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This remarkable collection of campaign pamphlets from the presidential election of 1864 includes 17 pamphlets issued by the Democratic Central Executive Campaign Committee and 22 pamphlets published by the Society for the Diffusion of Political Knowledge. Together, they constitute a vindication of Democratic candidate and former general George B. McClellan and a harsh condemnation of Abraham Lincoln, his administration, and the northern conduct of the war.

Item #23744, $1,800

“Has the War Ruined the Country?” Fantastic Lincoln Re-Election Broadside

[ABRAHAM LINCOLN], Broadside. Has the War Ruined the Country? Published by the National Union Executive Committee, Astor House, New York, N.Y., [ca. 1864]. 1 p., 9 x 16 in. Inscribed “Tho. B VanDamme from P.M.J. Chesley Nov. 7, ‘64

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The Copperheads assert that the War has ruined the Country; that we can never pay our debt; and that the war has proved a failure. Look at these Diagrams, based on official records, and see if this is true.

Item #25055, $2,950

Miscegenation, or the Millennium of Abolitionism – Stirring Fear of Interracial Marriage Before 1864 Presidential Election

[ABRAHAM LINCOLN]. [RACISM], Print. “Miscegenation, or the Millennium of Abolitionism.” Political Cartoon. New York: Bromley & Co., 1864. 1 p., 20¾ x 13⅝ in.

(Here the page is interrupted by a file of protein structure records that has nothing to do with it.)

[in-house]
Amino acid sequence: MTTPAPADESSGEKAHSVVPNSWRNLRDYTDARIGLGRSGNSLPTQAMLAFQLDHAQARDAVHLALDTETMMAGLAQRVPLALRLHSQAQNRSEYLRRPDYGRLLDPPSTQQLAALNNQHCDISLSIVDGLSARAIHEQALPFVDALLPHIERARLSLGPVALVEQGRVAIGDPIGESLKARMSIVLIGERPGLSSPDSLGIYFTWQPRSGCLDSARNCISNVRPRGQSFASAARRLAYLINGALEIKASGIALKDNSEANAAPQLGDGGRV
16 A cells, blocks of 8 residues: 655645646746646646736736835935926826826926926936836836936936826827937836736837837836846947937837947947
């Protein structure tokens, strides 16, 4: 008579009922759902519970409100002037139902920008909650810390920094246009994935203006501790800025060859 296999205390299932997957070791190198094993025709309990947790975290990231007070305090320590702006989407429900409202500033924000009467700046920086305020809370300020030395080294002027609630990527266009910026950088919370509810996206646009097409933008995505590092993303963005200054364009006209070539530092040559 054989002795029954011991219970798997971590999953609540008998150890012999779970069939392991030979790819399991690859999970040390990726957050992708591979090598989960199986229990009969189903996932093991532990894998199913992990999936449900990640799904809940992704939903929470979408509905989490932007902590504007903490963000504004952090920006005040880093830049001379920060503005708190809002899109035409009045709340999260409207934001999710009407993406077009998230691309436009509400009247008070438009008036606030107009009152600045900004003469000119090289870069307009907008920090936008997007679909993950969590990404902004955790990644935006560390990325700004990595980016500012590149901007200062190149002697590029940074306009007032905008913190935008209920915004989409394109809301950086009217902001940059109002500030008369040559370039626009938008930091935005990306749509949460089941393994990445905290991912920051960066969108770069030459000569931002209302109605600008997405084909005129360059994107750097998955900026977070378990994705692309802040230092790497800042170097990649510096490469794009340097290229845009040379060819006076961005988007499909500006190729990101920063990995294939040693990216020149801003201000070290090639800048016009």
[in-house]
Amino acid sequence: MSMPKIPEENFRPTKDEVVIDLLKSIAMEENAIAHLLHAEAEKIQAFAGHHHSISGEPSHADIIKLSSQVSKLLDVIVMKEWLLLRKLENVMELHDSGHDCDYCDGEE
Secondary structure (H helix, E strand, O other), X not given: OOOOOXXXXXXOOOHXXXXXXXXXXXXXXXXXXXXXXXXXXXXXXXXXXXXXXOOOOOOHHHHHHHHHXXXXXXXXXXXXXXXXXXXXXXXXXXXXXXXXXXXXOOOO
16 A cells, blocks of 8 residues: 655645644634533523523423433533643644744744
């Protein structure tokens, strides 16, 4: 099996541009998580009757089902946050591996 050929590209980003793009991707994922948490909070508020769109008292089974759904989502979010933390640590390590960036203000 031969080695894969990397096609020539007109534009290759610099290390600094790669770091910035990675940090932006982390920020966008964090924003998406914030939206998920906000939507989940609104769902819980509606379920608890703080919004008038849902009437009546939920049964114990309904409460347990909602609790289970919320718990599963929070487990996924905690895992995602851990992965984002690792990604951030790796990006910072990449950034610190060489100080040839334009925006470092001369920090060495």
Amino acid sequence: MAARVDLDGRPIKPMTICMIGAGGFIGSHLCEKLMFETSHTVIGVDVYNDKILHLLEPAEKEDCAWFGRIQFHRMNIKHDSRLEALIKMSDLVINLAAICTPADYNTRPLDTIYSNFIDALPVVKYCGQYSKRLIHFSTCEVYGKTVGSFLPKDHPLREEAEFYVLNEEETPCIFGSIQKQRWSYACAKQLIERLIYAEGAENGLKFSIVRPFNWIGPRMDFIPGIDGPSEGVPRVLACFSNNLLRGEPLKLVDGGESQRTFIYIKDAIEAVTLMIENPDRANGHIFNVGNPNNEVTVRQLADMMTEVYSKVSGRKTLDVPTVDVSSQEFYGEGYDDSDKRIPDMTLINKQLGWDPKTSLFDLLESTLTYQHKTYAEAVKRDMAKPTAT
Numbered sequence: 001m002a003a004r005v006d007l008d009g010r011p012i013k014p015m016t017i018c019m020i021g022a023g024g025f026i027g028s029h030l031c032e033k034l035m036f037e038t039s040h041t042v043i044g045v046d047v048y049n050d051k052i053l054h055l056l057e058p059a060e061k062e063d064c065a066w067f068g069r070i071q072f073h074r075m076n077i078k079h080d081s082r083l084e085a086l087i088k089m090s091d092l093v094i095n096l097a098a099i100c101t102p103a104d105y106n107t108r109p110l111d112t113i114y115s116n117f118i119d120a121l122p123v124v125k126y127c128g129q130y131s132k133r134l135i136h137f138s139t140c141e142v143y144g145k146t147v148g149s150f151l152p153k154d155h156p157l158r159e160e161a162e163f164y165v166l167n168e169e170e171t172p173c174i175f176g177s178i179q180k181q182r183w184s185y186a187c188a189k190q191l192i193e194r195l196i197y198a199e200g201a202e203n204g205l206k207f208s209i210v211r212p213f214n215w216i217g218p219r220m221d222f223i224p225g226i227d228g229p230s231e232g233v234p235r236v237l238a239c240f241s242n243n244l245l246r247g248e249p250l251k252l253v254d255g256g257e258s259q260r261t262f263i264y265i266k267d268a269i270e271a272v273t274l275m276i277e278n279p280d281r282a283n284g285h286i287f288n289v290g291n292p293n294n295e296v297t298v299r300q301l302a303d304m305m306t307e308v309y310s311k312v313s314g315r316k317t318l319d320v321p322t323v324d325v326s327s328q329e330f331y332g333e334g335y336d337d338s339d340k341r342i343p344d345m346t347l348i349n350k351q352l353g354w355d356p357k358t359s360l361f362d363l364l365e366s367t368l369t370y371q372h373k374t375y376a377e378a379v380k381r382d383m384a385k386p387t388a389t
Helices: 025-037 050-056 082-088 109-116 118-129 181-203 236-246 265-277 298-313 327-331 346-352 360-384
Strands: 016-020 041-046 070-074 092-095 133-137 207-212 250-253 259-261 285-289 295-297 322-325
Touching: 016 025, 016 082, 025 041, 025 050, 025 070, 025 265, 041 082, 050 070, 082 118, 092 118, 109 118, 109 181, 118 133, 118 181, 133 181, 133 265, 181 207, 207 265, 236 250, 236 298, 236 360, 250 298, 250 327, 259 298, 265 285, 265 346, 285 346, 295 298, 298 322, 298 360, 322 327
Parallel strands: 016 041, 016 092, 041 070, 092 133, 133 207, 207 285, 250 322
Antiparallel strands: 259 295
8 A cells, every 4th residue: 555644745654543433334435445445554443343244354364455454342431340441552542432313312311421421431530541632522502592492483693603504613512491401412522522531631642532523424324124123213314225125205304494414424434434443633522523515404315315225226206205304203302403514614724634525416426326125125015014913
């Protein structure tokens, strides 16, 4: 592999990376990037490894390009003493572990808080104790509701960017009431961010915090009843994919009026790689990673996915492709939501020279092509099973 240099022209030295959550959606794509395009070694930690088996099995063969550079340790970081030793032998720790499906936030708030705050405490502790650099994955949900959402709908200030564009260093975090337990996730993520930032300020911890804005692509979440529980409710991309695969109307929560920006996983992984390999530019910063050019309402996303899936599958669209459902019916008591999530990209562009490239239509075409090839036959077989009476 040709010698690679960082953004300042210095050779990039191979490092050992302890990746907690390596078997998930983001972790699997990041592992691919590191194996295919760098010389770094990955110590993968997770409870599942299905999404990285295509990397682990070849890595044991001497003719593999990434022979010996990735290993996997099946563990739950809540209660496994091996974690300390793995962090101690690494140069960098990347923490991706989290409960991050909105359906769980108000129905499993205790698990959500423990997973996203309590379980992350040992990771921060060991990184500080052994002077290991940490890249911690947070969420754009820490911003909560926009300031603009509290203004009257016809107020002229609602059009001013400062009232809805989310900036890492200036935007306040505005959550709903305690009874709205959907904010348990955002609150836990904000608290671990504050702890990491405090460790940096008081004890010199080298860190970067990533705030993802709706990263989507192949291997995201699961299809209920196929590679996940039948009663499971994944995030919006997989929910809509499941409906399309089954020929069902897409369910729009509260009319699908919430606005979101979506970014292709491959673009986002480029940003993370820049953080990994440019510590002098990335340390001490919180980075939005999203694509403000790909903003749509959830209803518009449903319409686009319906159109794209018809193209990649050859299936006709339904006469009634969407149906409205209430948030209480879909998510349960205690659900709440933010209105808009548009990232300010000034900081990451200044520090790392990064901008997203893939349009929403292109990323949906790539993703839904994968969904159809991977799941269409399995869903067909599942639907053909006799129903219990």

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The second in a series of four racist political cartoons published in 1864 by Bromley & Company, which was closely affiliated with the Copperhead New York World newspaper. These prints sought to undermine Abraham Lincoln’s chances for reelection by branding him as a “miscegenationist” and playing on white fears of “race-mixing.” The cartoon scene pictures several interracial couples enjoying a day at the park, eating ice cream, discussing wedding plans, and a woman’s upcoming lecture. Two African American families have white employees, a carriage driver and footmen and a babysitter.

The only other example traced at auction brought $7,800 in 2010.

Item #25614, $7,800

The Gettysburg Address

[ABRAHAM LINCOLN], Book. Includes a foldout map of the planned cemetery and a copy of Lincoln’s dedication. Published in Harrisburg, 1864. Fair condition.

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Report of the Select Committee Relative to the Soldier’s National Cemetery, Together with the Accompanying Documents, as Reported to the House of Representatives of the Commonwealth of Pennsylvania, March 31, 1864.

Item #21371, $1,750

Lincoln’s Third State of the Union Address
and Amnesty Proclamation

[ABRAHAM LINCOLN], Newspaper. New York Times, New York, N.Y., Dec. 10, 1863, with “Supplement to The New York Times” complete with its own masthead. 12 pp. 14¾ x 21 in.